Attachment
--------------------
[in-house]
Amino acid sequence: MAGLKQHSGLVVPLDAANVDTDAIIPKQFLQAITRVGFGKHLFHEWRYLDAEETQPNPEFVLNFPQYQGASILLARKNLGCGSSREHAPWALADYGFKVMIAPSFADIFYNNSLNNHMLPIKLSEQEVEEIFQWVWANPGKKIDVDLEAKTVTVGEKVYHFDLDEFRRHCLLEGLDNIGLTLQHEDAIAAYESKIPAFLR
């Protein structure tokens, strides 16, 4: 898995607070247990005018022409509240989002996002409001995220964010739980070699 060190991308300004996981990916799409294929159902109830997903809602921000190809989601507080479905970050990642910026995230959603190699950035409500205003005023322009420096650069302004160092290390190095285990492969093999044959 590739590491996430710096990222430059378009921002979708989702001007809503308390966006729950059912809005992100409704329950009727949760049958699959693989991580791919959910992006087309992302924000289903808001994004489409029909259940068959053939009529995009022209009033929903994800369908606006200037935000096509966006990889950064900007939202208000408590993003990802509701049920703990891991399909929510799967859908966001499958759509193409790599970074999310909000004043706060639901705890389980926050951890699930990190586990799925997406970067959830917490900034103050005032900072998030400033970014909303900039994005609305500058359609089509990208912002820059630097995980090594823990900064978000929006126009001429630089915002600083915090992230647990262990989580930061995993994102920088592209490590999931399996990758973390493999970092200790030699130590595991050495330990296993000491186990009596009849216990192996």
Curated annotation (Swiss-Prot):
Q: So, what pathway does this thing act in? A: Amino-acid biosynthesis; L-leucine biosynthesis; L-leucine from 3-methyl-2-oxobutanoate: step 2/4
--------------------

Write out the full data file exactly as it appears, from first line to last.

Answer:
[in-house]
Amino acid sequence: MAGLKQHSGLVVPLDAANVDTDAIIPKQFLQAITRVGFGKHLFHEWRYLDAEETQPNPEFVLNFPQYQGASILLARKNLGCGSSREHAPWALADYGFKVMIAPSFADIFYNNSLNNHMLPIKLSEQEVEEIFQWVWANPGKKIDVDLEAKTVTVGEKVYHFDLDEFRRHCLLEGLDNIGLTLQHEDAIAAYESKIPAFLR
């Protein structure tokens, strides 16, 4: 898995607070247990005018022409509240989002996002409001995220964010739980070699 060190991308300004996981990916799409294929159902109830997903809602921000190809989601507080479905970050990642910026995230959603190699950035409500205003005023322009420096650069302004160092290390190095285990492969093999044959 590739590491996430710096990222430059378009921002979708989702001007809503308390966006729950059912809005992100409704329950009727949760049958699959693989991580791919959910992006087309992302924000289903808001994004489409029909259940068959053939009529995009022209009033929903994800369908606006200037935000096509966006990889950064900007939202208000408590993003990802509701049920703990891991399909929510799967859908966001499958759509193409790599970074999310909000004043706060639901705890389980926050951890699930990190586990799925997406970067959830917490900034103050005032900072998030400033970014909303900039994005609305500058359609089509990208912002820059630097995980090594823990900064978000929006126009001429630089915002600083915090992230647990262990989580930061995993994102920088592209490590999931399996990758973390493999970092200790030699130590595991050495330990296993000491186990009596009849216990192996």
Curated annotation (Swiss-Prot):
Q: So, what pathway does this thing act in? A: Amino-acid biosynthesis; L-leucine biosynthesis; L-leucine from 3-methyl-2-oxobutanoate: step 2/4